The Common Sense Guide to Improving Palliative Care > 2.5 Identifying and Testing Changes

Sick To Death book cover This extract from the online edition of The Common Sense Guide to Improving Palliative Care is used with permission.

Identifying and Testing Changes

With your aim and measures stated, your team needs to decide which changes to try. Of course, some interventions that you think will work may surprise you and behave otherwise. (That is why we test!) And remember that it is generally risky to implement a good idea on a large scale until you have it working well in one area with a few patients and staff.

How Do You Identify Which Changes to Make?

Do's and Don'ts

Good ideas are found everywhere; the challenge is to select the ones that are most worthwhile for you to try in your organization.

How Will I Know If an Idea Will Work for My System?

Remember:
Measurement tells you what works and what does not.

Once you have identified changes to try, assess them on a small sample of patients, clients, or nursing home residents. Testing is a step-by-step process to help identify whether or not something is working. If the change does not have a good effect on your outcome, testing will give you some ideas on how to adjust it or whether to try something else. The four steps outlined below are the heart of the rapid-cycle QI model.

Step 1: Plan By now, you have a change you would like to try. You have to plan for the test, so consider the following:

Step 2: Do After you have planned your change, try it. Be sure to do the following:

Step 3: Study After implementing the change and collecting the data, get together with your team to analyze what happened, look at what the data say about the change, and summarize what you have learned from this test. Did your data and observations match what you had predicted for this change? If yes, what else happened? If not, then why not? Even failed tests teach teams a great deal about their care system.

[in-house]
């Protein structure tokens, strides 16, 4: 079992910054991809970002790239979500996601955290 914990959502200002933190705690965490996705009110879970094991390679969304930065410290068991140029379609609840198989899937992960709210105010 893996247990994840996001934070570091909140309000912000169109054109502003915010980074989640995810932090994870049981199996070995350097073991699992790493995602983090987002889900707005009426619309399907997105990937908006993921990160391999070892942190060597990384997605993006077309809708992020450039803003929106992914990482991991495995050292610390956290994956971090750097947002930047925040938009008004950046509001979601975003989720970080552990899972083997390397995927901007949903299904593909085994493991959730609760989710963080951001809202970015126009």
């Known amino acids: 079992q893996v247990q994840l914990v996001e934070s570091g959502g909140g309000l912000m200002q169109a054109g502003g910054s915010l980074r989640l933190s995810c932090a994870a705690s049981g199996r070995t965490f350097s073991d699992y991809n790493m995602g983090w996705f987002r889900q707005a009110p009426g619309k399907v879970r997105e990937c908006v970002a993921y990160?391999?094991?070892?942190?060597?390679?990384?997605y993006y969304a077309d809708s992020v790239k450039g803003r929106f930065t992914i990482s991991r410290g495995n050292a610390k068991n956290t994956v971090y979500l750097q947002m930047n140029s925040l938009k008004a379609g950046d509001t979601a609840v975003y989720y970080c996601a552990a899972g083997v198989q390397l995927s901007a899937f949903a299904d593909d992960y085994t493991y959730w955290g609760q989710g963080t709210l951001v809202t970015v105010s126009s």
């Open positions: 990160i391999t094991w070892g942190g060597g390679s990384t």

Step 4: Act By now, you will know whether the change you tested is working. If it is, you can plan to implement it on a larger scale (e.g., with more patients or in another setting). However, if you find that the change did not work well on the small group, the team needs to evaluate what happened so as to get ideas on how to modify the change or whether to try something else. Either way, the cycle moves back to step one.

Keep trying until you find what works in your system. Generally, try many small changes, one at a time, rather than gambling on one large change. Let your mantra be: "We are going to give it a try; if it does not work, we will learn something from it."

Matching Aims, Measures, and Changes

You may find it surprisingly difficult to get an aim, a measure, and a change to fit together. It is important to work on this until it is right. A frequent error is mistaking a change for an aim. For example, a team might say their aim is that "within one month, every patient will have an assessment for symptoms within four hours of admission." At first, that sounds like a worthy aim, but it has a serious flaw: you do not actually care about this aim. The reason to want to assess symptoms is so that you can relieve them. That is the real aim. Doing the assessment quickly is an important change, one that might allow you to achieve the aim of having patients be comfortable, quickly; but it would not accomplish that on its own. So, incorporate the real goal of comfort into the team's aim statement, and make the changes serve that aim. Sometimes, the change is so closely tied to the aim that it hardly matters; but usually, using a change as the aim will be misleading down the road when you have accomplished the change, but the real goal has not been reached.

Usually, you can see the real aim by asking whether you would be satisfied achieving the aim and nothing else. If you had many assessments but no change in symptoms, you would not have succeeded in increasing the patient's comfort, so assessments alone are not the aim.

Usually, you will have one or two measures that directly track the aim, but you may also have a few others that track the changes (process measures). How good do your measures need to be? Certainly, they do not have to be perfect. If you have 10 units of effort to put into improvement, save one or two for measurement. Too much measurement will make you focus only on data collection, but too little will leave you without insight. The right amount of measurement is what it will take to convince a benevolent skeptic. This standard of the benevolent skeptic usually calls to mind some organizational leader you will have to convince, and that is fine. You will often find that you are your own most critical skeptic, so be benevolent.

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